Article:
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Breakthrough Cases: Victorian Retail Leases Act to apply to leases where tenants provide services.

Leases that may have previously been considered not subject to the Retail Leases Act 2003 ("the Act") may now be so due to recent court decisions.            

Written by

Bill Hazlett

Tony Raunic,


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This means new protections for tenants and increased obligations for landlords. The impact of this change needs to be considered by both when negotiating leases or managing disputes.

CB Cold Storage Pty Ltd v Morgan Street Investments Pty Ltd (Retail Tenancies) [2014] VCAT 773

Morgan Street Investments Pty Ltd ("Morgan") applied to strike out part of CB Cold Storage Pty Ltd's ("CB") claim that the lease was governed by the Act. Morgan argued that the premises were not 'retail premises' because:

  • CB's use of the premises did not constitute 'the provision of retail services'; and
  • the provision of retail services was not a permitted use of the premises under the lease.


Section 4 of the Act defines "retail premises" as premises used or to be used wholly or predominantly for

"the sale or hire of goods by retail or the retail provision of services".

Item 15 of the Schedule to the lease stated the permitted use of the premises was:

"the use in connection with the conduct of a cold storage business, office, warehouse, transport facility and food processing plant by the Tenant".


The 'ultimate consumer' test is used to determine if premises are 'retail premises'. The basic premise is that retailing requires that an item or service is provided 'to an ultimate consumer for a fee or reward' (per Justice Nathan in Wellington v Norwich Union Life Insurance Society Limited [1991] VR 333).

Counsel for CB submitted that 'use in connection with the conduct of a cold storage business' could only be interpreted to mean use of the premises for a retail purpose, following the case of Fitzroy Dental v Metropole Management Pty Ltd [2013[ VSC 344.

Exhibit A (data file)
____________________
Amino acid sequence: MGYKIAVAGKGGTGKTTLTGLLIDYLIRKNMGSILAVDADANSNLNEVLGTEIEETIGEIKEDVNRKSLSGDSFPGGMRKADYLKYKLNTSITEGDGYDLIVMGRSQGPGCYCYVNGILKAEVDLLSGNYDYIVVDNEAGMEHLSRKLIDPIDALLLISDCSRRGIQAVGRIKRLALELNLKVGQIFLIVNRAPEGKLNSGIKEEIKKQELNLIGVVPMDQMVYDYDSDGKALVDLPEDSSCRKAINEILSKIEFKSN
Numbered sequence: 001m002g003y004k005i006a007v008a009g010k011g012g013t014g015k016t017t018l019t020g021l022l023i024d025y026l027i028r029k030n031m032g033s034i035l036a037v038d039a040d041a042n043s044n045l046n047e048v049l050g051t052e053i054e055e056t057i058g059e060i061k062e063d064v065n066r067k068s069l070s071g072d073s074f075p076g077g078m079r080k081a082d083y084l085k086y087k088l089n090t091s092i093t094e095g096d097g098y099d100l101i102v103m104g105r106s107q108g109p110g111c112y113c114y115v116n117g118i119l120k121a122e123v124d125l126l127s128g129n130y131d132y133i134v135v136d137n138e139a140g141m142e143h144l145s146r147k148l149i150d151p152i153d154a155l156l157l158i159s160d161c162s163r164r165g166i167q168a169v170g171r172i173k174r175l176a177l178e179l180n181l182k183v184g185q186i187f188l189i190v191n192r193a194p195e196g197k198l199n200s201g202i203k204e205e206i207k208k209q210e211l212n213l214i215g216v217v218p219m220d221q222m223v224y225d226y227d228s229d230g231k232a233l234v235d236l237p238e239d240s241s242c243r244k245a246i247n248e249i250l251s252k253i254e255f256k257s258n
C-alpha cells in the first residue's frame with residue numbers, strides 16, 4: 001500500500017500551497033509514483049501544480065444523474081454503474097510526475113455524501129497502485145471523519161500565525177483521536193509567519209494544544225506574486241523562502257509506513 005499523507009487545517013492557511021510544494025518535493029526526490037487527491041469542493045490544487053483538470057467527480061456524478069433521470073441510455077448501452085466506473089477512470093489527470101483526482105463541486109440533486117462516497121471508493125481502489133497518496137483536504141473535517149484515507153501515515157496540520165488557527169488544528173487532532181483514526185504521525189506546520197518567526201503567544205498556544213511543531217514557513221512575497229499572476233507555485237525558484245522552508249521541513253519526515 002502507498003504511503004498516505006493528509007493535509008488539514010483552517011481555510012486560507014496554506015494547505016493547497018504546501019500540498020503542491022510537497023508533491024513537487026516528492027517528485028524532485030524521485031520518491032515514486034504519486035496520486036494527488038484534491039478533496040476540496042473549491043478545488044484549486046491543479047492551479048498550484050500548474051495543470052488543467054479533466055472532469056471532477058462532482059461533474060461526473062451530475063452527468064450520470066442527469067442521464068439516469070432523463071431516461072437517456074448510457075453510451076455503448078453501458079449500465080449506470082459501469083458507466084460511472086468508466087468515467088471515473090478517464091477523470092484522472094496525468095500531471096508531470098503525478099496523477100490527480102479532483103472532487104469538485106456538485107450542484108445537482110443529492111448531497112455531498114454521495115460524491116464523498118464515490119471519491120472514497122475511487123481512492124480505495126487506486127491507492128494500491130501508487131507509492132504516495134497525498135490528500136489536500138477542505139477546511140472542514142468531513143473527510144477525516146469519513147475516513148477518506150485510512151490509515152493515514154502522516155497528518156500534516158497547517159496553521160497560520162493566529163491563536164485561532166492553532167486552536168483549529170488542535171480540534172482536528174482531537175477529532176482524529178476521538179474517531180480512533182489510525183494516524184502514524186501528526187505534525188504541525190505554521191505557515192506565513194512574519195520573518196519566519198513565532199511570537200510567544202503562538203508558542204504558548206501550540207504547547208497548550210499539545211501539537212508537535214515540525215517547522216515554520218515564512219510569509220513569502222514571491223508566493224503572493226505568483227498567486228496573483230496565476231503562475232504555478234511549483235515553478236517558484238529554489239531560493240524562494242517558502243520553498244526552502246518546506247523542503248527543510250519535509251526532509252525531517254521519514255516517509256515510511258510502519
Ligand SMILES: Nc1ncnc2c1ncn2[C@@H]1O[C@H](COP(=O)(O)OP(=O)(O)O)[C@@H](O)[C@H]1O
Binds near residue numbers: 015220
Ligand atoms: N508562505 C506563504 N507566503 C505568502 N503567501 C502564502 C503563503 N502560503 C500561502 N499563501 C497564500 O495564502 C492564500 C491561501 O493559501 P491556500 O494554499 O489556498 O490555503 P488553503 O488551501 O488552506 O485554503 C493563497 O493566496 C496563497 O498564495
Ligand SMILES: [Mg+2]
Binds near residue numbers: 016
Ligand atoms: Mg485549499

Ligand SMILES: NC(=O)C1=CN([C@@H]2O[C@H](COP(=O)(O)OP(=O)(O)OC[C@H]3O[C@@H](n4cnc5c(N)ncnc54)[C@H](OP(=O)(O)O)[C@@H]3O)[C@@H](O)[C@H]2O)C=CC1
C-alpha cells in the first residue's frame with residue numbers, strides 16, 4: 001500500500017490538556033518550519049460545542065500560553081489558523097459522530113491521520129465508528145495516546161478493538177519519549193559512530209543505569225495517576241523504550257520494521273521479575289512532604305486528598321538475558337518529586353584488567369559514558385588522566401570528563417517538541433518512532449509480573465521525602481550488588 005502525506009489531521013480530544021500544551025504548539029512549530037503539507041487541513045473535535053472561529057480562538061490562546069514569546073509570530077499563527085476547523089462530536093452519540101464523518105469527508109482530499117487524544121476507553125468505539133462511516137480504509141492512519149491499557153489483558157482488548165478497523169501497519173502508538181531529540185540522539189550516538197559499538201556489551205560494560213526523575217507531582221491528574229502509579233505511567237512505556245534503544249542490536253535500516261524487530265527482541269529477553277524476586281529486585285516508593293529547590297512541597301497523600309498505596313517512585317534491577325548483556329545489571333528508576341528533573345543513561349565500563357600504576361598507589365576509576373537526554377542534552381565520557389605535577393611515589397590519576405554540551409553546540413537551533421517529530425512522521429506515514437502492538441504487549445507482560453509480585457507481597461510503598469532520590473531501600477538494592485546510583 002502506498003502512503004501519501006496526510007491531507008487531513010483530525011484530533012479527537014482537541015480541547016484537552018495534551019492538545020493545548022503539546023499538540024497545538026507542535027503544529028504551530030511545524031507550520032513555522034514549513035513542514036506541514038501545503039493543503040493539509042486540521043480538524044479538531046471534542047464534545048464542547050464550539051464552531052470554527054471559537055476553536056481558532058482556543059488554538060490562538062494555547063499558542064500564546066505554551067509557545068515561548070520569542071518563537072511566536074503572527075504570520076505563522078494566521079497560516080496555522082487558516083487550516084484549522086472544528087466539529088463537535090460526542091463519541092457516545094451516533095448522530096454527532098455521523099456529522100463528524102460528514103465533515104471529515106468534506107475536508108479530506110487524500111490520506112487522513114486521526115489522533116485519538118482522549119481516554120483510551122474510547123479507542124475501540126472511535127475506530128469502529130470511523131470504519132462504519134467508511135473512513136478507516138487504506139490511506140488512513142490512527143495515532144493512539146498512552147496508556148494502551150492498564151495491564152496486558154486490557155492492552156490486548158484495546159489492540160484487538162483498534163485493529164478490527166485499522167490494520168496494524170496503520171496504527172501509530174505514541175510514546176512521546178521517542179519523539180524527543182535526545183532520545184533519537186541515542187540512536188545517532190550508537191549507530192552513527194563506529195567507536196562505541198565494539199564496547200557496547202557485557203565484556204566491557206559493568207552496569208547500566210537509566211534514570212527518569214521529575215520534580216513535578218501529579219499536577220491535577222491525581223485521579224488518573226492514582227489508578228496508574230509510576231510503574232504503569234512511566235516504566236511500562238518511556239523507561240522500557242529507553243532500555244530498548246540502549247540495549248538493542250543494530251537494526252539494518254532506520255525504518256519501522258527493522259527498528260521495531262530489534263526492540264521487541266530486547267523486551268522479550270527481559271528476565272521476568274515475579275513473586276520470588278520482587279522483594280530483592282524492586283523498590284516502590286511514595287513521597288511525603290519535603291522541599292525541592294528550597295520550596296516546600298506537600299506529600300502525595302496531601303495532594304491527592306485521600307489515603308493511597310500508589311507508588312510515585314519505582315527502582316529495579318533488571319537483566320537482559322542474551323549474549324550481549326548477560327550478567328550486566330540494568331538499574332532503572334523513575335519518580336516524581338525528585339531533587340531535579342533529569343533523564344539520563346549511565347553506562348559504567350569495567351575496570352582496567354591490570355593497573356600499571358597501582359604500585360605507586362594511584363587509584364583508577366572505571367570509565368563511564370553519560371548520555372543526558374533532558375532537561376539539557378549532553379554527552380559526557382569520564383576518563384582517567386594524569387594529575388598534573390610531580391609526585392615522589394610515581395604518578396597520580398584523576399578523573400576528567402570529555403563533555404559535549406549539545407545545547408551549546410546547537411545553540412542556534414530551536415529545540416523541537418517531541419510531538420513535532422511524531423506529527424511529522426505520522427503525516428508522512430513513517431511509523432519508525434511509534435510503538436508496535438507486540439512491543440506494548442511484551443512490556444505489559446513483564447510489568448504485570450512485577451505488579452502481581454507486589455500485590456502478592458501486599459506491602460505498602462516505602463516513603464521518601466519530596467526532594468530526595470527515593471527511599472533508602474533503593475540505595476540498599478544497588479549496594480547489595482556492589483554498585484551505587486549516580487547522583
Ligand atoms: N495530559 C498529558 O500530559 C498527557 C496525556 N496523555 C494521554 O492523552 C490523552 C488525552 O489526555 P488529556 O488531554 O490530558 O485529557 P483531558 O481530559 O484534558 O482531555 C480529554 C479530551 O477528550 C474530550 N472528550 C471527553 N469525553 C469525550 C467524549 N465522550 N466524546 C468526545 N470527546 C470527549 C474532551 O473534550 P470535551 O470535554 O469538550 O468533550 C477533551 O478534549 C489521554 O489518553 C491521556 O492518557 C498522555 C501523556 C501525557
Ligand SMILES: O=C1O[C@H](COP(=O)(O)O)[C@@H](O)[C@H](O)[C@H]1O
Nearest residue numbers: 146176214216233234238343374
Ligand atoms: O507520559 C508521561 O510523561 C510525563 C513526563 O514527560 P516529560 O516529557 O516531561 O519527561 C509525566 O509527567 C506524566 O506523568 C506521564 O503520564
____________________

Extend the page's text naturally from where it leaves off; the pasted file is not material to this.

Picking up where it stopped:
In Fitzroy Dental, Justice Croft determined that the provision of a conference centre by a tenant to function companies – who used the centre to host functions and conferences to others under separate arrangements – was use for a retail purpose. The function companies were the 'ultimate consumer' of the services provided by the tenant, even though those services were then 'input' into other services provided by the function companies to function attendants. On this basis, Justice Croft found the lease was governed by the Act.

'The fact that a good or service is provided to a person who uses the good or service as an 'input' in that person's business for the purpose of providing or producing a different good or service to another person does not detract from the possible characterisation of the first person … as the 'ultimate consumer' of the original good or service.'

VCAT agreed with CB that the actual use of the premises was the provision of a cold storage facility to consumers. Morgan's application raised the question whether this use was permitted by the lease.


VCAT accepted Morgan's submission that actual use of the premises for retail services could not bring the lease within the ambit of the Act if that use was not a permitted use under the lease.  Whether or not the parties knew the permitted use may involve the retail provisions of services would not have bearing on the application of the Act.

There were inconsistencies in the lease, which brought into question whether use of the premises to provide retail services was permitted.

VCAT refused Morgan's strike out application as it considered that the question could not be resolved at the interlocutory (or preliminary) stage.


Following CB Cold Storage and Fitzroy Dental, it appears that the Act will apply to most leases where a tenant provides any type of service, subject to that use being within the permitted use of the premises in the lease.

If you wish to discuss this important decision and its impact on current leases, disputes and future negotiations, please contact us.


Penny Cable Sydney
Mark Byers, North Ryde
Tony Raunic, Melbourne
Bill Hazlett, Melbourne
Egils Olekalns, Adelaide
Darren Miller, Perth
Antony Logan, Hobart
Christine Osborne, Darwin

Disclaimer: The information contained in this e-alert/update is not advice and should not be relied upon as legal advice. Hunt & Hunt recommends that if you have a matter that is legal, or has legal implications, you consult with your legal adviser.

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